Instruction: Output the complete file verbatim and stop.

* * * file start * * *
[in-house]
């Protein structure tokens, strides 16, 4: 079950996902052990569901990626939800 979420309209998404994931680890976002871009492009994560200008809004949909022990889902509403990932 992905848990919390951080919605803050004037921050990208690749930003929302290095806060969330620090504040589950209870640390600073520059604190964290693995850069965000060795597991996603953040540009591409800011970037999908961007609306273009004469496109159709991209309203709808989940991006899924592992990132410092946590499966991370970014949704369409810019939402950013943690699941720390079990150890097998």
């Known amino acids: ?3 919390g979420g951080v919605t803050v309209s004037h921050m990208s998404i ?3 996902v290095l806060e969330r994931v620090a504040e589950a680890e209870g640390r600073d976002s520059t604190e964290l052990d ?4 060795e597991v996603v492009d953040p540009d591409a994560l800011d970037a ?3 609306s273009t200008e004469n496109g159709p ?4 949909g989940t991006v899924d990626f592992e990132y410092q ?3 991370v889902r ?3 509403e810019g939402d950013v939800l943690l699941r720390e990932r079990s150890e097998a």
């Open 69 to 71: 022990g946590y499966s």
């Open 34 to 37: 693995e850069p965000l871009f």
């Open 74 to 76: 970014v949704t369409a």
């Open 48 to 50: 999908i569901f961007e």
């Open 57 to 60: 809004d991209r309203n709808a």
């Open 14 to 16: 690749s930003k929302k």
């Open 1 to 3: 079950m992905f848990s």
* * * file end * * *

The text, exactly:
[in-house]
């Protein structure tokens, strides 16, 4: 079950996902052990569901990626939800 979420309209998404994931680890976002871009492009994560200008809004949909022990889902509403990932 992905848990919390951080919605803050004037921050990208690749930003929302290095806060969330620090504040589950209870640390600073520059604190964290693995850069965000060795597991996603953040540009591409800011970037999908961007609306273009004469496109159709991209309203709808989940991006899924592992990132410092946590499966991370970014949704369409810019939402950013943690699941720390079990150890097998």
């Known amino acids: ?3 919390g979420g951080v919605t803050v309209s004037h921050m990208s998404i ?3 996902v290095l806060e969330r994931v620090a504040e589950a680890e209870g640390r600073d976002s520059t604190e964290l052990d ?4 060795e597991v996603v492009d953040p540009d591409a994560l800011d970037a ?3 609306s273009t200008e004469n496109g159709p ?4 949909g989940t991006v899924d990626f592992e990132y410092q ?3 991370v889902r ?3 509403e810019g939402d950013v939800l943690l699941r720390e990932r079990s150890e097998a």
């Open 69 to 71: 022990g946590y499966s």
């Open 34 to 37: 693995e850069p965000l871009f």
């Open 74 to 76: 970014v949704t369409a």
């Open 48 to 50: 999908i569901f961007e």
């Open 57 to 60: 809004d991209r309203n709808a």
């Open 14 to 16: 690749s930003k929302k």
């Open 1 to 3: 079950m992905f848990s």